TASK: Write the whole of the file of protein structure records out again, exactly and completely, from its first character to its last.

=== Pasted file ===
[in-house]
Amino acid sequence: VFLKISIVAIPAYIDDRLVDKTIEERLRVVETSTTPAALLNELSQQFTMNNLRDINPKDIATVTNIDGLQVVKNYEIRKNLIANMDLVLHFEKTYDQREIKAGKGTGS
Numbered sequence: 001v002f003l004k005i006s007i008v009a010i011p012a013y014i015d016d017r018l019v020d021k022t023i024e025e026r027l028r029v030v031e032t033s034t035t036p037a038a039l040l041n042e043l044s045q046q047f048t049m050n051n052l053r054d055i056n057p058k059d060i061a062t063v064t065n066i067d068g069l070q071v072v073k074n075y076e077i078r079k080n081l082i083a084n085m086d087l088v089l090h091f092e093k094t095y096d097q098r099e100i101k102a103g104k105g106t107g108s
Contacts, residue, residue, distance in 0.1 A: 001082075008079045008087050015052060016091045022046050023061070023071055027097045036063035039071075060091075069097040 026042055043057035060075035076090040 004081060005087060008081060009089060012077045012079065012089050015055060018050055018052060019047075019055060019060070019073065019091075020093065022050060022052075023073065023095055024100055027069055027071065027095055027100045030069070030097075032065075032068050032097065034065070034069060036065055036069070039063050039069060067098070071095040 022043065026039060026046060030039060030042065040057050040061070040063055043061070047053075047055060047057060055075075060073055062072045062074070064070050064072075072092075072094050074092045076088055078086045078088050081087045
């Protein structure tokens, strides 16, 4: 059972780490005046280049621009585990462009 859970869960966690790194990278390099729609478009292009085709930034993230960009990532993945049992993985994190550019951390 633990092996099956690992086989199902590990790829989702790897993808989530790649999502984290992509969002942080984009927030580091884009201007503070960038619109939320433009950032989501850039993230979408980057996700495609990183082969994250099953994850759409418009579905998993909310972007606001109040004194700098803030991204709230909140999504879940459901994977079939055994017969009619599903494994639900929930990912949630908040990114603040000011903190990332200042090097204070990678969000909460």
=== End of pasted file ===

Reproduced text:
[in-house]
Amino acid sequence: VFLKISIVAIPAYIDDRLVDKTIEERLRVVETSTTPAALLNELSQQFTMNNLRDINPKDIATVTNIDGLQVVKNYEIRKNLIANMDLVLHFEKTYDQREIKAGKGTGS
Numbered sequence: 001v002f003l004k005i006s007i008v009a010i011p012a013y014i015d016d017r018l019v020d021k022t023i024e025e026r027l028r029v030v031e032t033s034t035t036p037a038a039l040l041n042e043l044s045q046q047f048t049m050n051n052l053r054d055i056n057p058k059d060i061a062t063v064t065n066i067d068g069l070q071v072v073k074n075y076e077i078r079k080n081l082i083a084n085m086d087l088v089l090h091f092e093k094t095y096d097q098r099e100i101k102a103g104k105g106t107g108s
Contacts, residue, residue, distance in 0.1 A: 001082075008079045008087050015052060016091045022046050023061070023071055027097045036063035039071075060091075069097040 026042055043057035060075035076090040 004081060005087060008081060009089060012077045012079065012089050015055060018050055018052060019047075019055060019060070019073065019091075020093065022050060022052075023073065023095055024100055027069055027071065027095055027100045030069070030097075032065075032068050032097065034065070034069060036065055036069070039063050039069060067098070071095040 022043065026039060026046060030039060030042065040057050040061070040063055043061070047053075047055060047057060055075075060073055062072045062074070064070050064072075072092075072094050074092045076088055078086045078088050081087045
């Protein structure tokens, strides 16, 4: 059972780490005046280049621009585990462009 859970869960966690790194990278390099729609478009292009085709930034993230960009990532993945049992993985994190550019951390 633990092996099956690992086989199902590990790829989702790897993808989530790649999502984290992509969002942080984009927030580091884009201007503070960038619109939320433009950032989501850039993230979408980057996700495609990183082969994250099953994850759409418009579905998993909310972007606001109040004194700098803030991204709230909140999504879940459901994977079939055994017969009619599903494994639900929930990912949630908040990114603040000011903190990332200042090097204070990678969000909460």